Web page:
modelbinders4

Best way for this scenario is to directly accept a .NET type, MovieViewModel as input and let ASP.NET MVC DefaultModelBinder to create a new instance of MovieViewModel and map all inputs to this instance and pass it to the Create action as parameter.

modelbinders5

In this sample there is no complicated mappings and there is no need to create a custom model binder for MovieViewModel type, ASP.NET MVC DefaultModelBinder does everything for us and in the action method we can just use movieViewModel parameter to get form inputs.

If you want to have some control over DefaultModelBinder you can use BindAttribute to exclude some properties by using Exclude or Include properties.

Let’s exclude ReleaseDate from auto mapping list of DefaultModelBinder.

modelbinders6

And to see Include sample let’s just map Title and Storyline.

modelbinders7

You can also decorate MovieViewModel class with Bind attribute to define binding options for this type in application level instead of action method level.

using System.Web.Mvc;

    [Bind(Include = "Title, Storyline")]
    public class MovieViewModel
    {
        public string Title { get; set; }
        public string Storyline { get; set; }
        public string ReleaseDate { get; set; }
        public string Genre { get; set; }
    }

If this level of control over DefaultModelBinder is not enough for requirements you can create an custom model binder for your ViewModel.

I will create a basic model binder for MovieViewModel and it will just map all fields and it will replace “_” characters with space character in the Title input (just to show some custom mapping code!). It’s not the best place to do your all validation but if it’s related with your custom mapping logic you can provide validation errors to your view model by using passed BindingContext parameter. In this sample I just demonstrated a required field check for Title.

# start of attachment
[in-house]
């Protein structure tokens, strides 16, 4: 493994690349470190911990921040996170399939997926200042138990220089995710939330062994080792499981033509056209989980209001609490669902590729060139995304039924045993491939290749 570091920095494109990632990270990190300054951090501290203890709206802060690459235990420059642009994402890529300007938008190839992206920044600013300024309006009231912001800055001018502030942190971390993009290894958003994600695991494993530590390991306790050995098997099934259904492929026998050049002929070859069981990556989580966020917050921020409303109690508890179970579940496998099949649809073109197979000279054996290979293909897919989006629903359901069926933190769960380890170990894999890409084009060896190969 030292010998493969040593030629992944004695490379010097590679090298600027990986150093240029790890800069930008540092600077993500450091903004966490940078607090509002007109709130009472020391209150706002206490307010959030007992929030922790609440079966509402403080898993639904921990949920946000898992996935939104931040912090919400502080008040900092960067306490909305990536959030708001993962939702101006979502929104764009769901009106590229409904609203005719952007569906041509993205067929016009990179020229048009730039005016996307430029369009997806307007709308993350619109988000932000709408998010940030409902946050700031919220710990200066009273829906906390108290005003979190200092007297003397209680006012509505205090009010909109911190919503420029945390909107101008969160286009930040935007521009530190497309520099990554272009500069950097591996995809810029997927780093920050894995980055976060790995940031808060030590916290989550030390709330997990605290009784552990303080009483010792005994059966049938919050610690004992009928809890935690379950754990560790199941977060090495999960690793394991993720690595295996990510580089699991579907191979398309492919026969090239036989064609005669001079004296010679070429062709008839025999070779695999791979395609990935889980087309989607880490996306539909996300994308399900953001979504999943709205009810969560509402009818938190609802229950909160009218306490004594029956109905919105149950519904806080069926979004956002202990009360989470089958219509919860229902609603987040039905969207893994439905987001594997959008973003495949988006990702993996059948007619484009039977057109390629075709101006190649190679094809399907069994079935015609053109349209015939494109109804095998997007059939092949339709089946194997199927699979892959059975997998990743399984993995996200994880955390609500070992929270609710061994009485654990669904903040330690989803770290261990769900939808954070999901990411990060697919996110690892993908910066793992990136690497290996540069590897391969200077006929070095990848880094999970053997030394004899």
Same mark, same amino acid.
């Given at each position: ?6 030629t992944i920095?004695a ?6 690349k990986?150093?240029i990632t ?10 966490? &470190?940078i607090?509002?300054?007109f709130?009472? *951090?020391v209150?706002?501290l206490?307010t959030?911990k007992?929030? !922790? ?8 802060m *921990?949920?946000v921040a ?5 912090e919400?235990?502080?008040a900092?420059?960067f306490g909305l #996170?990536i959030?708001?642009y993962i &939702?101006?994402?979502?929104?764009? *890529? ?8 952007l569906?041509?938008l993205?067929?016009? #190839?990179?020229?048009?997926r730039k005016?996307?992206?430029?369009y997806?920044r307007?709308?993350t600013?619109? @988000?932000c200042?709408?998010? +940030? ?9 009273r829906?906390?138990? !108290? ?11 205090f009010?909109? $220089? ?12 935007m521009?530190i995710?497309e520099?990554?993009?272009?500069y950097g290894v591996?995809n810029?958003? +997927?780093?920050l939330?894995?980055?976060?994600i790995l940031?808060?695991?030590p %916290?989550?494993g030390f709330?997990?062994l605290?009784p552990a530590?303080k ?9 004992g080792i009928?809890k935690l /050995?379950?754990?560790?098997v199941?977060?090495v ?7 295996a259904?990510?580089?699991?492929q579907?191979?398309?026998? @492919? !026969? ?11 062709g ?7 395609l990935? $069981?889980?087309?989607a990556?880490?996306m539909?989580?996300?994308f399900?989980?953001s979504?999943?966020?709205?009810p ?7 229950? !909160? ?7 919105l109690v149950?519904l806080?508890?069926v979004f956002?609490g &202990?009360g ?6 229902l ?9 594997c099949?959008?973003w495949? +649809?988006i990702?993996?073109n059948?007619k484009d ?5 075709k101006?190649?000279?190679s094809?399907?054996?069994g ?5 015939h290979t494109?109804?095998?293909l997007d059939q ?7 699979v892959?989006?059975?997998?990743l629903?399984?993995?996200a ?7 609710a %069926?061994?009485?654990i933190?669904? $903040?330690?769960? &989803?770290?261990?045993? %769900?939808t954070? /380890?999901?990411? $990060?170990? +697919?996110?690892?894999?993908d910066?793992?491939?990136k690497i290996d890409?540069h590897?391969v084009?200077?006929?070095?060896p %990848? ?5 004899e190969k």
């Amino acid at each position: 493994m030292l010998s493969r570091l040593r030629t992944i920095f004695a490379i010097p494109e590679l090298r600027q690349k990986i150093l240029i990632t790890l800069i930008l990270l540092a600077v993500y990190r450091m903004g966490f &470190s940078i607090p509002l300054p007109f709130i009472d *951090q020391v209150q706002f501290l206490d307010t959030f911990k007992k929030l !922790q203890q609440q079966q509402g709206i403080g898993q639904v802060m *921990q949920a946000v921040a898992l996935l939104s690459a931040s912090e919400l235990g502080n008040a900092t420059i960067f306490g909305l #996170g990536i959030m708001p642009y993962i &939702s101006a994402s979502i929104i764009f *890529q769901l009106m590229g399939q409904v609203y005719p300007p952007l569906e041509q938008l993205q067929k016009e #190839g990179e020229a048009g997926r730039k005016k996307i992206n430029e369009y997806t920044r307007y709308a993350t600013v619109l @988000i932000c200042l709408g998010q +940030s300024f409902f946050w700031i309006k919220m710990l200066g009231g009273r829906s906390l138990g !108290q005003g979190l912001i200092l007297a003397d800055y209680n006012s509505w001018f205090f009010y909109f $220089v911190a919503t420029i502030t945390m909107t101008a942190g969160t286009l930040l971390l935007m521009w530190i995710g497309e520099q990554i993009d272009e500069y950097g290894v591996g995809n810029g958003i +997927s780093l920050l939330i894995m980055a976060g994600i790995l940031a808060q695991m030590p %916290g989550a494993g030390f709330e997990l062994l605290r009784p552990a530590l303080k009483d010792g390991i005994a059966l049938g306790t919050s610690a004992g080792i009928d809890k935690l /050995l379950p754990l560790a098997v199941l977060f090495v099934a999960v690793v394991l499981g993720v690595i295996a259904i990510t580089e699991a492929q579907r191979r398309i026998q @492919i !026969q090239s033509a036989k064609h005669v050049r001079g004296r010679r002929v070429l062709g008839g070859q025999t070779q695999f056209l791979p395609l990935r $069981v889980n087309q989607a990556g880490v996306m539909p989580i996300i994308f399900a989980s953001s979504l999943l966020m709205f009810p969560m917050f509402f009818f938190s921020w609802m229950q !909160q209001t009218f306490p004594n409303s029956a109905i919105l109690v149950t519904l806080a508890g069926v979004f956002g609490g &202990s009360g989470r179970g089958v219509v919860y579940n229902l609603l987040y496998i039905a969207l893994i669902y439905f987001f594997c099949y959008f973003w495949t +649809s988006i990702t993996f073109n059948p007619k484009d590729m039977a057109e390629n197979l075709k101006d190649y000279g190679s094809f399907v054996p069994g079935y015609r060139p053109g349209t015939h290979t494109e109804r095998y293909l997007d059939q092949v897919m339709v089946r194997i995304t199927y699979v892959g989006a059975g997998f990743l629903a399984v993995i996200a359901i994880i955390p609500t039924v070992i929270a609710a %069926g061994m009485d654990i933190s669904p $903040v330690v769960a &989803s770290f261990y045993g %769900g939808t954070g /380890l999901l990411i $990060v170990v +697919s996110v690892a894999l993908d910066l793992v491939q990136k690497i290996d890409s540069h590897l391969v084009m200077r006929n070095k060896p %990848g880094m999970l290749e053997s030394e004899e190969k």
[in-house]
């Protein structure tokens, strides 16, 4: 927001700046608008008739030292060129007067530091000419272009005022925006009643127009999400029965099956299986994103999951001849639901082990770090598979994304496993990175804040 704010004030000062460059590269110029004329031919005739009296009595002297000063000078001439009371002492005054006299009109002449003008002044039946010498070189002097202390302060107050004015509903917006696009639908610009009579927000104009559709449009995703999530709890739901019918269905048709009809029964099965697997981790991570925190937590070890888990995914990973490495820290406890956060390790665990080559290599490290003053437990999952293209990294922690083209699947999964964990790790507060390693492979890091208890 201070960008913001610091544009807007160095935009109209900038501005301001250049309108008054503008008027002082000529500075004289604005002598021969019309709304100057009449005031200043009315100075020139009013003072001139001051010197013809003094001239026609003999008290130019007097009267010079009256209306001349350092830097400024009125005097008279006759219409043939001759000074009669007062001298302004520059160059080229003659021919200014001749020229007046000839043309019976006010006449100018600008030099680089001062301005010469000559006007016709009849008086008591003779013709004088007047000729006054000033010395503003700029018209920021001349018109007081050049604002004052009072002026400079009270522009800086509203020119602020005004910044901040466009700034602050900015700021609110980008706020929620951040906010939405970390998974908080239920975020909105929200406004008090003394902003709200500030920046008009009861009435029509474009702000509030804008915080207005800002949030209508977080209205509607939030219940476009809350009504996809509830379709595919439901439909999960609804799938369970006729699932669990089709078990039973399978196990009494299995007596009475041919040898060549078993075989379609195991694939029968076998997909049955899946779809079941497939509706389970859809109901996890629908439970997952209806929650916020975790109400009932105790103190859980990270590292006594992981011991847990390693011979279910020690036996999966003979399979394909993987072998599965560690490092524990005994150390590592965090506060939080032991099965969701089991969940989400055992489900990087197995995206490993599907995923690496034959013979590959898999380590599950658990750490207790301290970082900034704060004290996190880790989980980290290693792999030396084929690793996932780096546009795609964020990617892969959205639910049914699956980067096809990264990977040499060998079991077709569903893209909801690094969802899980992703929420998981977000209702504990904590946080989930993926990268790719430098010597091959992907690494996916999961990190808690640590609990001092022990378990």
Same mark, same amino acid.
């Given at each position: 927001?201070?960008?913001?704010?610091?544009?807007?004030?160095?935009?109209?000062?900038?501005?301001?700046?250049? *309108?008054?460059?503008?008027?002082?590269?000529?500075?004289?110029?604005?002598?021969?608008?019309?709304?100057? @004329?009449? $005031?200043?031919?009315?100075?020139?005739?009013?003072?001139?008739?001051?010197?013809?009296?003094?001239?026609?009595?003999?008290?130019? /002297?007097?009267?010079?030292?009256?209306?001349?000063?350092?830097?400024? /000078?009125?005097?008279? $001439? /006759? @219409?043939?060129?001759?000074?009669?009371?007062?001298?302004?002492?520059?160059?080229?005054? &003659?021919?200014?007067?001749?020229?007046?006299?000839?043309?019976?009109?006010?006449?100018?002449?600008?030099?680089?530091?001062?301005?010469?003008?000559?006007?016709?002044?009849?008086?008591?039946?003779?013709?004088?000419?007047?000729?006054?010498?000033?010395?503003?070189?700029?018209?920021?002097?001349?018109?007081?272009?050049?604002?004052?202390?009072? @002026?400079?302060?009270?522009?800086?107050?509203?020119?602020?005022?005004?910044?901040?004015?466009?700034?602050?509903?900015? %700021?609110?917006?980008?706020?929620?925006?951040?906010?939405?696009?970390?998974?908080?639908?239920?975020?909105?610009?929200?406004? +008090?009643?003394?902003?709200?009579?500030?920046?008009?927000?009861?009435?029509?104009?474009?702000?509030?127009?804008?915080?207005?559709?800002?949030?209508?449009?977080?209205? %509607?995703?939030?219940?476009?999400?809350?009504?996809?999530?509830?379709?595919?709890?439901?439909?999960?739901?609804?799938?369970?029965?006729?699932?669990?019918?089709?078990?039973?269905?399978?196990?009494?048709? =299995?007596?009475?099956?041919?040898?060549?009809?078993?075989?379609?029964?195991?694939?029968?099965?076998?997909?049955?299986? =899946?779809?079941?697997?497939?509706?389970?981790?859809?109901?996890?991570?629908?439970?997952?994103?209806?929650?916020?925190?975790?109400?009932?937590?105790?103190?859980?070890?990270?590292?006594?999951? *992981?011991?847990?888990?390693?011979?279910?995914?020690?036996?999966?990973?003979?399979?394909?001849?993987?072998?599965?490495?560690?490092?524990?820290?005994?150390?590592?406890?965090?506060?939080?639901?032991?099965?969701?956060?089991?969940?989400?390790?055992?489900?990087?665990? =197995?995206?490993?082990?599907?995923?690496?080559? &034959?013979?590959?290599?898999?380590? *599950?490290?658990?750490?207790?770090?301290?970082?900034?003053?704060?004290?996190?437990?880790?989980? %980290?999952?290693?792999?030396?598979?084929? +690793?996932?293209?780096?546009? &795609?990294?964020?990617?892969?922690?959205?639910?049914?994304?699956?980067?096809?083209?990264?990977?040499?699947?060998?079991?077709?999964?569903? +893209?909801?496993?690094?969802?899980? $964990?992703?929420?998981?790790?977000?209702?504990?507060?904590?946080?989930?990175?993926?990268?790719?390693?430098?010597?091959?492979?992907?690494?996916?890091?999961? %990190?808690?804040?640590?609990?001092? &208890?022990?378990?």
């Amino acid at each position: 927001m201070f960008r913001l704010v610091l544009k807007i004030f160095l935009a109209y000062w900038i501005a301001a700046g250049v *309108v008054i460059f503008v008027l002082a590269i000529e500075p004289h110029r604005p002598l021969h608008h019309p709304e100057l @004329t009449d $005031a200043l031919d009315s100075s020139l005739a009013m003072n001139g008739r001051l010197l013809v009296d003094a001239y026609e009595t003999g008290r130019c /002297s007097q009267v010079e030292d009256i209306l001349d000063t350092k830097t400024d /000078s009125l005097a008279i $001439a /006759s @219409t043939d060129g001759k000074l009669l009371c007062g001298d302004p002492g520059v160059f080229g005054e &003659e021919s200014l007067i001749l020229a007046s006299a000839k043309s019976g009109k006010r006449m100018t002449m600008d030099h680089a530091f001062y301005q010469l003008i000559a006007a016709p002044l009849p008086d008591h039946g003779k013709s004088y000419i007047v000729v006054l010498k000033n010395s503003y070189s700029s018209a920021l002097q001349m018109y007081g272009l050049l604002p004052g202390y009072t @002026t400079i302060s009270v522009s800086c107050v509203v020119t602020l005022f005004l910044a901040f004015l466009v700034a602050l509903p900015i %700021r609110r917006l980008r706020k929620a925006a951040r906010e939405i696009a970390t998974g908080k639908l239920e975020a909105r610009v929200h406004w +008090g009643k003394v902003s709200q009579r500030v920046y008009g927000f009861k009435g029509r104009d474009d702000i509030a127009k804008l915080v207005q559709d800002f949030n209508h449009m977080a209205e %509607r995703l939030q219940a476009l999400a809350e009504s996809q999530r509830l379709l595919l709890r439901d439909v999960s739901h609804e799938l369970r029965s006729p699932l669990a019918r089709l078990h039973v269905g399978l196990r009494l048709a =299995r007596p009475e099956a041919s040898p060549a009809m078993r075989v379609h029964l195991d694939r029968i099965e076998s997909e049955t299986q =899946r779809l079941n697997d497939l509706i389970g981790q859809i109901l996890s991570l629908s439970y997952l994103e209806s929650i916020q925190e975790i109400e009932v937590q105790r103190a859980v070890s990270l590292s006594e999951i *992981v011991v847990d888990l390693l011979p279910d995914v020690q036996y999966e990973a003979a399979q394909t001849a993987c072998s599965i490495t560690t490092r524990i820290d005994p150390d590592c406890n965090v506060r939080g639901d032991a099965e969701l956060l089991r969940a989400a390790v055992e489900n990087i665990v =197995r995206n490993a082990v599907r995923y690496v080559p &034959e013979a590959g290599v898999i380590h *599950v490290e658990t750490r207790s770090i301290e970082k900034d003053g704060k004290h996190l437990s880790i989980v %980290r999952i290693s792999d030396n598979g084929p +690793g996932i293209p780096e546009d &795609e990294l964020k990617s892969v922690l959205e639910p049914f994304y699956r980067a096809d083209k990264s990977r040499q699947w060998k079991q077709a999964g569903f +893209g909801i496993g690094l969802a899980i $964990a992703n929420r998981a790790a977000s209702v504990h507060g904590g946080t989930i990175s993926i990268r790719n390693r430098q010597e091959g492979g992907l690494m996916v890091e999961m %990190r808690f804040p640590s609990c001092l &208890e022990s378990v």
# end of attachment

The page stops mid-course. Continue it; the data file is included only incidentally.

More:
public class MovieViewModelBinder : IModelBinder
    {
        public object BindModel(ControllerContext controllerContext,
            ModelBindingContext bindingContext)
        {
            var request = controllerContext.HttpContext.Request;

            var title = request.Form.Get("Title");
            title = title.Replace("_", " ");

            if (string.IsNullOrEmpty(title))
                bindingContext.ModelState.AddModelError("Title", "The title is required.");

            var storyline = request.Form.Get("Storyline");
            var genre = request.Form.Get("Genre");
            var releaseDate = request.Form.Get("ReleaseDate");

            return new MovieViewModel
                       {
                           Genre = genre,
                           ReleaseDate = releaseDate,
                           Storyline = storyline,
                           Title = title
                       };
        }
    }

After we created model binder we need to register this type to ASP.NET MVC Framework as binder of MovieViewModel. For this we need to add a new instance of MovieViewModelBinder to the ModelBinders.Binders list in Application_Start method of Global.asax.cs

protected void Application_Start()
{
     ModelBinders.Binders.Add(typeof(MovieViewModel), new MovieViewModelBinder());
     //...
}

The BindModel method has two parameters.ControllerContext provides information about current request, controller and action method. BindingContext provides some metadata information about target model (in this case MovieViewModel).

I am planning to create a sample to show how to create a generic custom model binder for a RESTful service oriented MVC application and blog about it later.



1 Response to ASP.NET MVC – Model Binders

Avatar

Swapnil Maldhure

March 26th, 2012 at 12:45 pm

Thanks a loat for the Feed, I got what I wanted.